I get questions all the time from employers and employees asking about workplace privacy issues. The employees want absolute privacy, and the employers say, “yeah, right!”
What it comes down to is how carefully the privacy policies in the employment handbook are crafted. An employee’s reasonable expectation of privacy is directly tied to the expectation the employer creates for them.
So, can an employer search my personal belongings at work? The answer is yes, they probably can. If the employer has a policy that states desks and lockers are provided for the convenience of employees but remain the sole property of the employer, they may be inspected along items found inside the lockers or desks before, during, or after an employee’s shift.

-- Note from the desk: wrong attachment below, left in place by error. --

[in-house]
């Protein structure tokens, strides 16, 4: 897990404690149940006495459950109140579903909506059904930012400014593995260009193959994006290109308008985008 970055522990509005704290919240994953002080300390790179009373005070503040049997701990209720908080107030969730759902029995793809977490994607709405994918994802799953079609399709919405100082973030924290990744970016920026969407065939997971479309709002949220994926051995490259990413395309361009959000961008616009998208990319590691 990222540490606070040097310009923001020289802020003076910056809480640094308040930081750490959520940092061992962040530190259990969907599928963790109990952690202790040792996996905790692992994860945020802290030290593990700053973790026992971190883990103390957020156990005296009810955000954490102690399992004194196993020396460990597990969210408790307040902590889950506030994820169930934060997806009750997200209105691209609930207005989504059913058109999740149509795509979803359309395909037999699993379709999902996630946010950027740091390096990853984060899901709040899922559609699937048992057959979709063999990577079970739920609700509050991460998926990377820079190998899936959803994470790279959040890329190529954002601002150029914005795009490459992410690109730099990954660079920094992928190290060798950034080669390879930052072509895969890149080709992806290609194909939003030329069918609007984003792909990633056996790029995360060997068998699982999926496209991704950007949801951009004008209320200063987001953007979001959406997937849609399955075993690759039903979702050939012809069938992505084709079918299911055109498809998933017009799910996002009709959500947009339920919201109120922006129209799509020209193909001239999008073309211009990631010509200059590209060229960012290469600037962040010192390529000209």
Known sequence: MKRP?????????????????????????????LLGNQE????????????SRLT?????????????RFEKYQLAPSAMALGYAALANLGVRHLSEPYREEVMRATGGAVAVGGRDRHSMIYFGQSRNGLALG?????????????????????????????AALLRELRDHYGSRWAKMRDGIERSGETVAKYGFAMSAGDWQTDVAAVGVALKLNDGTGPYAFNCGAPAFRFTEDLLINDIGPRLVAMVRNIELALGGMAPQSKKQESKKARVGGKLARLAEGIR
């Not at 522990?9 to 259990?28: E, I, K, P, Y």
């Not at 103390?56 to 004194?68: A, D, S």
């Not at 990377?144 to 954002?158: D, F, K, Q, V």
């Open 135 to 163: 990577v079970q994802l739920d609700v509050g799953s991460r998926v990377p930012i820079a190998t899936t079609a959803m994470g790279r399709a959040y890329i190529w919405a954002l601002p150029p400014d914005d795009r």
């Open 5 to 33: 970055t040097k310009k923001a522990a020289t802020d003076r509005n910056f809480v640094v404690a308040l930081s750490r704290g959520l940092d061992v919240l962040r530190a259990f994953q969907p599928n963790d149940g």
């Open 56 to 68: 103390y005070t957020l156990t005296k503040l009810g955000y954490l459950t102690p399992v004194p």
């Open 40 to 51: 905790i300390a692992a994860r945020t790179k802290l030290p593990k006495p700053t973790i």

In addition, any electronic devices such as cell phones, computers, or pagers that the employer provides come with zero expectation of privacy. That means, if an employee is using a work cell phone to conduct personal business, the employer has the right to search and inspect that cell phone and to use anything they find on that phone against the employee.
I have also had questions about police officers wanting to search an employee’s workstation or locker. The employer has no obligation to let the officers search the workstation, but they have every right to consent to the search so long as the privacy policies make it clear that the items searched are company property.
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